It is time to stop this talk of respect and to offer real political and concrete goals. Just as Putin seems to love this gossip of respect, quoting some fake successes and nonexistent strengths that can be seen through quite transparently, conversely it is noticeable that Western transatlantists are incapable of self-criticism of their own mistakes and want to negotiate from maximum positions.

Putin’s offer to extend the current START arms control agreement for ICBMs by one year should be mentioned as a constructive and concrete proposal that would not solve the problem immediately but would give a breather to stabilize the situation somewhat beyond the US election date and to create time to keep talking. The rejection by the USA on the grounds that they also want to include China is very unwise. Because China does not want to be included at the moment and an extension of START would last for eternity, but would first prevent another arms race between the USA and Russia. But as it is, Putin is now threatening a military alliance with China, just as he no longer contradicts China arming with intercontinental missiles in order to be noticed at all.

A former diplomat who worked for the German embassy in Moscow for a long time assesses Putin’s speech and the role of the Valdai Club as follows:

“Sascha Rahr’s report from the Valdai Club is certainly a grain of wheat that deserves processing, and from my point of view you have already done that correctly. So just a few comments:

1. I was able to visit the dreamed-up innovation center near Moscow Skolokow in 2016 and was quite disappointed. In any case, the project has nothing to do with Silicon Valley, but rather reminded me of the research campus at RWTH Aachen University or the Max Planck Institute in Geltow near Berlin or the HU campus Berlin-Adlershorst. Not bad, but certainly not earth-shattering.

2. Very clear: Russia has a problem with the drop in oil and gas prices. At USD 40 per barrel, Rosneft and Gazprom are up to their necks. So I hear Putin’s optimistic statement as whistling in the forest.

3. The reference to the Munich speech 2007 is remarkable: Putin considers it – like me – to be the programmatic presentation of his policy, which is still valid. Comprehensible due to his understanding of history and the world.

4. Russia – China: From my point of view, whether there will be a military agreement is of secondary importance. More important are, in my opinion, similarities in individual policy areas and the power relationship between Beijing and Moscow. There will always be ad hoc agreement on regional and cross-cutting issues. Possibly. also maneuvers with smaller participation of the other side and exchange of information as a barter trade. But I don’t see a military convention like the Russian-French one of 1894, partly because it would reveal Moscow’s status as a junior partner in one way or another.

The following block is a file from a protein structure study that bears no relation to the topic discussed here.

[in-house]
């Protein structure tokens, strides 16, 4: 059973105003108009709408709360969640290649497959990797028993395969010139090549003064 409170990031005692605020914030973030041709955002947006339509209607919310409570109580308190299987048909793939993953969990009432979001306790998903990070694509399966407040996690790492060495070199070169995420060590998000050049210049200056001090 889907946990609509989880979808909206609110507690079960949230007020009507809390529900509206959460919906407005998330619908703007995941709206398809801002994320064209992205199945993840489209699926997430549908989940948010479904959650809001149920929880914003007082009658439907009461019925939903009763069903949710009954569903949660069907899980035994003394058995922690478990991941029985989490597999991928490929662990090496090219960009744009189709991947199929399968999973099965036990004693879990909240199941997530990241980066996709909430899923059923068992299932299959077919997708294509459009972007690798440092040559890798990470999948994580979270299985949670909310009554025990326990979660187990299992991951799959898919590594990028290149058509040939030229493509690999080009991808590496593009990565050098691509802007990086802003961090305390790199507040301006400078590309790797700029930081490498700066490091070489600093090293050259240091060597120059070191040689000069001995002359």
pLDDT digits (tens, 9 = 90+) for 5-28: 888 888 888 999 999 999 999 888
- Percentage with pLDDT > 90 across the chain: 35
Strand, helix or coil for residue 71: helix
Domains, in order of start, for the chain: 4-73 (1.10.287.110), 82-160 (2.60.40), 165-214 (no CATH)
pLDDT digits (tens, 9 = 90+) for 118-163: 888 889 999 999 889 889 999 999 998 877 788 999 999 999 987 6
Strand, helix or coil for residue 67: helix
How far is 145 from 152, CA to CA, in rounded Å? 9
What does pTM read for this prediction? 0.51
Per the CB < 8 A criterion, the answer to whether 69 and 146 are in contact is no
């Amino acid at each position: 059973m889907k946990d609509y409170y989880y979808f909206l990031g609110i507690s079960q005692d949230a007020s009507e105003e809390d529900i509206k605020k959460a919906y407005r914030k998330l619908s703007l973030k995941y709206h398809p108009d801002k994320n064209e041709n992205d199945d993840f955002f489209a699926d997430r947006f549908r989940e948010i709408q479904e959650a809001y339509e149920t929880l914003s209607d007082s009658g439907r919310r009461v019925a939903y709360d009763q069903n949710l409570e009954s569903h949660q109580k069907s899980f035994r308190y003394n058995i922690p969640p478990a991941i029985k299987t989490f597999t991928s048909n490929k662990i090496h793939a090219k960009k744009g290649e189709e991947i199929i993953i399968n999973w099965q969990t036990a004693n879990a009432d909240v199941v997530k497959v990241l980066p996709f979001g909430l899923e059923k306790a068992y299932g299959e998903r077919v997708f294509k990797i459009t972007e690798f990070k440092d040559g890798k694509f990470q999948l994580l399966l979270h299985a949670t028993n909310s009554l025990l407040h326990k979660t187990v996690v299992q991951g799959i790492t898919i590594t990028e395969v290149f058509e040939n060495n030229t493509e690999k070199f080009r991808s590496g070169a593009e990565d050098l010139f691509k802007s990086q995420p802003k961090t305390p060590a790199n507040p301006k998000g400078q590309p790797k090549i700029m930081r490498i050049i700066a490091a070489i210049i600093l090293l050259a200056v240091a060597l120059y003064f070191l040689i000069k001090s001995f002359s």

5. Start: Share the opinion that the Russian offer of a one-year extension makes sense and is in Moscow’s interest.

6. Current geopolitical situation: What is striking to me is what Putin does not talk about, namely the current geopolitical situation in Moscow. It’s pretty bad: I’ve already written about the drop in raw material prices and the country’s weakness in innovation.

But now put yourself in the perspective of geopolitical analysts in Moscow and look around: Where is Moscow not involved everywhere? In Libya, Syria, in the Caucasus, in the Crime, in Eastern Ukraine, in Belarus, in Kyrgyzstan, also in Afghanistan. This is a full concert program that you must play with financial, military, intelligence, and political instruments. Does Moscow have the resources to do this, and for how long? None of this sounds good, which is why the conductor Putin did not play this program in the Valdai Club!

7. On the person: Putin is my year. He is getting old, has seen, experienced and moved a lot, is a grandfather and now believes that he only has to concentrate on the major strategic issues. The Valdai Club! Great, that’s almost as nice as the meeting of old, white men on Swiss mountains or in the Rocky Mountains. But let’s not fool ourselves, these forums are used for aloof discussion and reality is no longer fully understood. Above all not the needs and expectations of the young generation – and they take to the streets in Minsk and at some point in Moscow or Novosibirsk.

Conclusion: Putin in autumn 2020 and of life! With the constitutional amendment in the spring, he has the chance of a lifelong presidency, during which he can continue to dream of the Orthodox empire.

As Shakespeare wrote so beautifully:

“We are such stuff as dreams are made of

and our little life is rounded by a sleep. “”

What is very important is what Putin did not say – namely all of the geopolitical commitments that he still has and if they can be sustained in the medium and long term. It can also be assumed that the current Libyan ceasefire is also due to the first fatigue and weaknesses of an imperial overstretch of both Erdogan’s and Putin’s. It is also interesting that on the Western side the threat of a military alliance with China is not perceived as so threatening. All in all: a Putin and his empire in the autumn of his life.